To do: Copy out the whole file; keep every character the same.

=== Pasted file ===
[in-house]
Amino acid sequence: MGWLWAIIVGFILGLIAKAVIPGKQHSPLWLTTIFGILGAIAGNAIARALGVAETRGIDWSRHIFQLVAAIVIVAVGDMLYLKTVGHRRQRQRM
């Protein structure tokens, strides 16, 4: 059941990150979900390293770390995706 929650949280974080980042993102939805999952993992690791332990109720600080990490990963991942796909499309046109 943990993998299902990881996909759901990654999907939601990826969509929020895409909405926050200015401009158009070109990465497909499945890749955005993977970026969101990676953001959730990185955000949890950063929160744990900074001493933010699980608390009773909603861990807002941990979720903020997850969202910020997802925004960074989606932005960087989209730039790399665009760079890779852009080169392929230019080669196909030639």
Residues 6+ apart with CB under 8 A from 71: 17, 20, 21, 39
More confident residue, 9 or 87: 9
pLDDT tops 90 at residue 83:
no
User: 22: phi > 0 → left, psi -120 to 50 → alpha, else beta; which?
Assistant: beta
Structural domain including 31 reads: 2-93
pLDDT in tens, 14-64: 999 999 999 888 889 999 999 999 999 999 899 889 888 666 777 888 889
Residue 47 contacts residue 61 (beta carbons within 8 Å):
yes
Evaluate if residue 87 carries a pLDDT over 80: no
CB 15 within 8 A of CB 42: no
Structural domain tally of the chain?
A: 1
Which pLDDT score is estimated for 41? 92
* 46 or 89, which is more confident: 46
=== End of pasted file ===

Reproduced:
[in-house]
Amino acid sequence: MGWLWAIIVGFILGLIAKAVIPGKQHSPLWLTTIFGILGAIAGNAIARALGVAETRGIDWSRHIFQLVAAIVIVAVGDMLYLKTVGHRRQRQRM
């Protein structure tokens, strides 16, 4: 059941990150979900390293770390995706 929650949280974080980042993102939805999952993992690791332990109720600080990490990963991942796909499309046109 943990993998299902990881996909759901990654999907939601990826969509929020895409909405926050200015401009158009070109990465497909499945890749955005993977970026969101990676953001959730990185955000949890950063929160744990900074001493933010699980608390009773909603861990807002941990979720903020997850969202910020997802925004960074989606932005960087989209730039790399665009760079890779852009080169392929230019080669196909030639």
Residues 6+ apart with CB under 8 A from 71: 17, 20, 21, 39
More confident residue, 9 or 87: 9
pLDDT tops 90 at residue 83:
no
User: 22: phi > 0 → left, psi -120 to 50 → alpha, else beta; which?
Assistant: beta
Structural domain including 31 reads: 2-93
pLDDT in tens, 14-64: 999 999 999 888 889 999 999 999 999 999 899 889 888 666 777 888 889
Residue 47 contacts residue 61 (beta carbons within 8 Å):
yes
Evaluate if residue 87 carries a pLDDT over 80: no
CB 15 within 8 A of CB 42: no
Structural domain tally of the chain?
A: 1
Which pLDDT score is estimated for 41? 92
* 46 or 89, which is more confident: 46